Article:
Saturday, August 23, 2008

Comfort or safety or some other impossible dream

Derek keeps saying I'm a different person, I'm a different person, but really he's not and I mean that in both senses. He's not literally a different person, and I'm sure he would agree with that. I mean he's the same person who made bad decisions three or four our five or six years ago and those decisions still affect me now and I want accountability. I don't think that's too much to ask. But also he's not a different person, because he still can't deal with my critique, I thought it was the alcoholism and the pathological lying and the psych meds that made him so sensitive, that made him nihilistic but now he's in a much better place, more aware of himself and his feelings and the way he interacts with the world and he still can't deal. I mean he can deal with some things better, but not my critique. Not my feelings, I guess.

It's ironic, because Derek has asked me several times to talk about things without processing them on my own so much, but now I feel like he's asking me to process things even more -- if he can't deal with listening to me for a half hour, a half hour, is a half hour really so much? So then he wants me to cram everything into five minutes or five sentences and that's even more work to do. In our conversation I kept thinking of what I wanted to say, and then saying what I thought he could hear. I hate that pattern and I don't think it's fair. I mean I think I'm right about what he could hear, I could gauge it in his face when he suddenly started to get enraged and then I backed off and said something else but I don't think that fear is a useful place for getting anywhere.

One of the questions I haven't gotten a chance to ask Derek is about his investment in masculinity. When we met I felt like we were in a similar place: masculinity in faggots disgusted us, it was something to rid ourselves of at all costs. But Derek has always embodied many aspects of the same masculinity we abhorred -- he reminded me that, even 16 years ago, I couldn't deal with being around him when he was drinking because he would turn into a stupid macho asshole. I think what was different was that I always felt he was challenging it too, I mean when he wasn't drinking. Now I'm not so sure.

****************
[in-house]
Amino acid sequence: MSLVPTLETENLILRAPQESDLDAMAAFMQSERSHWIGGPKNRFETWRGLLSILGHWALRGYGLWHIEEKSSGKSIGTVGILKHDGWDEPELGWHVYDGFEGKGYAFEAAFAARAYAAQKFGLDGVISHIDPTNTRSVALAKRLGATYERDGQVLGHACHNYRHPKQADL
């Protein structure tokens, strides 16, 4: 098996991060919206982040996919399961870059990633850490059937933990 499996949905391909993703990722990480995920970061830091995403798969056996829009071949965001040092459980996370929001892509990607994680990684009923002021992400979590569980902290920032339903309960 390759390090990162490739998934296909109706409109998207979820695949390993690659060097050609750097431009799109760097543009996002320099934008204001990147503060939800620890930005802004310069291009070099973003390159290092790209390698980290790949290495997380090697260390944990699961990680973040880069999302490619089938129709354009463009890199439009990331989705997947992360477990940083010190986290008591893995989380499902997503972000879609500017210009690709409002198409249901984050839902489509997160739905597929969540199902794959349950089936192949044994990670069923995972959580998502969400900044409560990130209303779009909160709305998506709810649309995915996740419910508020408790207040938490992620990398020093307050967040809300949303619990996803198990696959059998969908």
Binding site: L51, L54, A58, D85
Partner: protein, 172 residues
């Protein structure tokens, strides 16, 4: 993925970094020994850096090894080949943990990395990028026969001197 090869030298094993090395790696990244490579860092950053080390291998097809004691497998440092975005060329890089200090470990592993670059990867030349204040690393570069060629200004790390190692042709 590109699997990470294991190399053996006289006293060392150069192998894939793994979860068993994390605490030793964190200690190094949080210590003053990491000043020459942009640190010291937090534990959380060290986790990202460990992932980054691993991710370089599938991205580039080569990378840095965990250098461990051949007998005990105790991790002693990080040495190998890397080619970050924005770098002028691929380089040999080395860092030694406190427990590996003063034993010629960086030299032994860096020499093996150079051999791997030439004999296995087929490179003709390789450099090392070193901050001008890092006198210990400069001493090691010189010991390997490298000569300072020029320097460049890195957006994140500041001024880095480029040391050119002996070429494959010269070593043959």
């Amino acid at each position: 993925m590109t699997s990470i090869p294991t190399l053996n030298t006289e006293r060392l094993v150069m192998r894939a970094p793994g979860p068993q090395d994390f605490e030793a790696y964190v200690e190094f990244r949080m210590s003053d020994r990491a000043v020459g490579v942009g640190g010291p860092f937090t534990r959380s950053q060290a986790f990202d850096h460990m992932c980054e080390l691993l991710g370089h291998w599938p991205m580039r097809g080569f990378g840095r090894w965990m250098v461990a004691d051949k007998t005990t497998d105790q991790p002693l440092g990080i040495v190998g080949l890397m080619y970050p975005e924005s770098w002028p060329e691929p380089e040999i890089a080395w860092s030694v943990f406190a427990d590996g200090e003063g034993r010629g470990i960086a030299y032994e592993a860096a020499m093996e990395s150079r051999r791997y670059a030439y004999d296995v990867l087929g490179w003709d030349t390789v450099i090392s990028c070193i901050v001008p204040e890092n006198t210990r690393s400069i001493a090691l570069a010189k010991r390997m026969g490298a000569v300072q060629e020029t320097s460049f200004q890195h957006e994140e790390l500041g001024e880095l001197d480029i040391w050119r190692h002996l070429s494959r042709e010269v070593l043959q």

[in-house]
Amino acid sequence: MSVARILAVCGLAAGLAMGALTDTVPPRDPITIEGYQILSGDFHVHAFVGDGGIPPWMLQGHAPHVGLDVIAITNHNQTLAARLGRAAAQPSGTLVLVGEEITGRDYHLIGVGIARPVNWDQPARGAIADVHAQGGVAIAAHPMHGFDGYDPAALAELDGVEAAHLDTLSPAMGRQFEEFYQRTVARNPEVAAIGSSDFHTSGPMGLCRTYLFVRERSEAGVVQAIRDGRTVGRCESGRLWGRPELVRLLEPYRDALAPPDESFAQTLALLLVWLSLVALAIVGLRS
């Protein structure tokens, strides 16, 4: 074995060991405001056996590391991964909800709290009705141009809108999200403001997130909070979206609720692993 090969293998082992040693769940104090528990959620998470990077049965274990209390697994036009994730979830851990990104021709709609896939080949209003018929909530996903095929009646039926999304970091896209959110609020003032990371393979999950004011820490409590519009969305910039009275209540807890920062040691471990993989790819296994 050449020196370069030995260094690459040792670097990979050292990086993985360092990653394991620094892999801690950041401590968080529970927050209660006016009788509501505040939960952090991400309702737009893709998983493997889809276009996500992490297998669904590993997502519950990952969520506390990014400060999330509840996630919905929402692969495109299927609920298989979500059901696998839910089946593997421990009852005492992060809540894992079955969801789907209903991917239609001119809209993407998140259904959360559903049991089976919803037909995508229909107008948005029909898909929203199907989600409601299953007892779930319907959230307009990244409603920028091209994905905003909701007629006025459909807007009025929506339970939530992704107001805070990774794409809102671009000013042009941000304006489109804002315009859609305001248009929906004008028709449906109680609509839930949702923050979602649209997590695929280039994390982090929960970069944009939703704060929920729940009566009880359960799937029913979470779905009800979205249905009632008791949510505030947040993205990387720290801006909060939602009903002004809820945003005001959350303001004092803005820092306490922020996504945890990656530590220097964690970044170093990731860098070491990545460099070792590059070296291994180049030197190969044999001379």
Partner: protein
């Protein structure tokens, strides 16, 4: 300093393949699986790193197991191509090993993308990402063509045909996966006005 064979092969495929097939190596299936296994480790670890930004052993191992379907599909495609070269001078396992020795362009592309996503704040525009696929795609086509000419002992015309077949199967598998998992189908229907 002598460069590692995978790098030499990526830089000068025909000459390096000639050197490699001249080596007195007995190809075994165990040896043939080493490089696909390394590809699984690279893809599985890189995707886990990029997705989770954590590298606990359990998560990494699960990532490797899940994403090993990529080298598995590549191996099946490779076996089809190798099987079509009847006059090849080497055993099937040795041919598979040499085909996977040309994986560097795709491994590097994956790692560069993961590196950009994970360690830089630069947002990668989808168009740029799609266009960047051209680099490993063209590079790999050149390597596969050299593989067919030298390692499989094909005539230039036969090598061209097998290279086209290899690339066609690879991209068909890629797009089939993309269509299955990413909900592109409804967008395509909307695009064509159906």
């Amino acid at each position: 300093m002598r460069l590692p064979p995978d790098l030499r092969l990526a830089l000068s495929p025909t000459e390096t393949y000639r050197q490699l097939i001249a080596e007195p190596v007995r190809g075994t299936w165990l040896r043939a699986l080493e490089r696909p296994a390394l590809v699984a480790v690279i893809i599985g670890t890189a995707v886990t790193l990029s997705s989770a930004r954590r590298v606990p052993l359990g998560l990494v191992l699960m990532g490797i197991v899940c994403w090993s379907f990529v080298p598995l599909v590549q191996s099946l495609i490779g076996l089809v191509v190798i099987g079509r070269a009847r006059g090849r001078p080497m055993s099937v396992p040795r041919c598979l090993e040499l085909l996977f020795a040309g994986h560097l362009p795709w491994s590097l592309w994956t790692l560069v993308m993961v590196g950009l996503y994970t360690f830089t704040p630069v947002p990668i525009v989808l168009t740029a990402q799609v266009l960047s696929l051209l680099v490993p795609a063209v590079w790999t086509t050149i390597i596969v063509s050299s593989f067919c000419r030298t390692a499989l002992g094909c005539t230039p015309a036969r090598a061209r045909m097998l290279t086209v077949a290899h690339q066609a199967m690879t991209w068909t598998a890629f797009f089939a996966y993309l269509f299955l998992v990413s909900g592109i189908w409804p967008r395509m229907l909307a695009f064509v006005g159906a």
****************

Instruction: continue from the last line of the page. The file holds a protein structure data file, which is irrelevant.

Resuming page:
I mean, there's a beauty to Derek's masculinity too, the way he creates shelter for so many flaming creatures, including himself. I guess we did talk about it a year or so ago -- now I'm self-conscious that he'll say we already talked about that, right? And he doesn't want to talk about anything that we've already talked about, I mean unless he wants to say those are your issues or you're dumping on me or some other misplaced regurgitated recovery speech -- but that's not processing, okay -- processing is the enemy. Oh, how I miss processing! But anyway, I noticed after that (processing) conversation about masculinity that Derek started trying harder not to get so enraged. Sometimes it even works, other times it stays right under the surface so it's almost the same thing. But he's never brought it up with me -- I guess I feel like I always ask these questions, and then Derek thinks about them and does take me into account while he's doing that thinking, but it never comes up again directly unless I bring it up.. And that feels like a masculinist pattern -- he'll do his work on his own, thank you, and if the woman says something she's an ungrateful bitch -- can't she see all his hard work?